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San Francisco Named Home Port for Missouri

Associated Press

San Francisco, whose voters overwhelmingly opposed nuclear weapons, today was named home port for the nuclear-capable battleship Missouri as the Navy passed up a berth in Long Beach or Honolulu.

Announcement of the Navy’s decision was made by Sen. Pete Wilson (R-Calif.) in a news conference with Mayor Dianne Feinstein as a City Hall celebration of San Francisco’s 209th birthday began.

The Missouri’s presence could be worth up to $60 million in annual payrolls in San Francisco, according to the Navy. Feinstein has said that the city could benefit from another $70 million a year in related expenditures.

The 41-year-old Missouri, site for the formal surrender by the Japanese to the Allies to end World War II, has been refurbished in a $475-million project to give it ability to carry Tomahawk cruise missiles with conventional or nuclear warheads.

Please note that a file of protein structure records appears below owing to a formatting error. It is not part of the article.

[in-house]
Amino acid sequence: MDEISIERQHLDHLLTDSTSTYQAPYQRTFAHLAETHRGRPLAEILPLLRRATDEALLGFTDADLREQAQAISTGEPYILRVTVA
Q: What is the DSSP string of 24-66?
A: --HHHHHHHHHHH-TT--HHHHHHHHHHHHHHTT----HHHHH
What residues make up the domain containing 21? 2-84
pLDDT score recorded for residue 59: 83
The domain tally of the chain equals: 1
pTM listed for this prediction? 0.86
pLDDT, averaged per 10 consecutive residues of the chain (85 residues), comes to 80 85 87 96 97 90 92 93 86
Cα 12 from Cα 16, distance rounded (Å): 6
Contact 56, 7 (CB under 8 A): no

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Several months of review by the Navy of potential homes for the ship developed a split in San Francisco between anti-nuclear factions and those favoring the military presence.

The San Francisco Board of Supervisors voted 6 to 3 against the Missouri, but Feinstein vetoed the action.

U.S. Rep. Sala Burton (D-San Francisco) had opposed the city’s becoming the ship’s new home, citing a 1983 election in which 73% of San Francisco voters opposed nuclear weapons.


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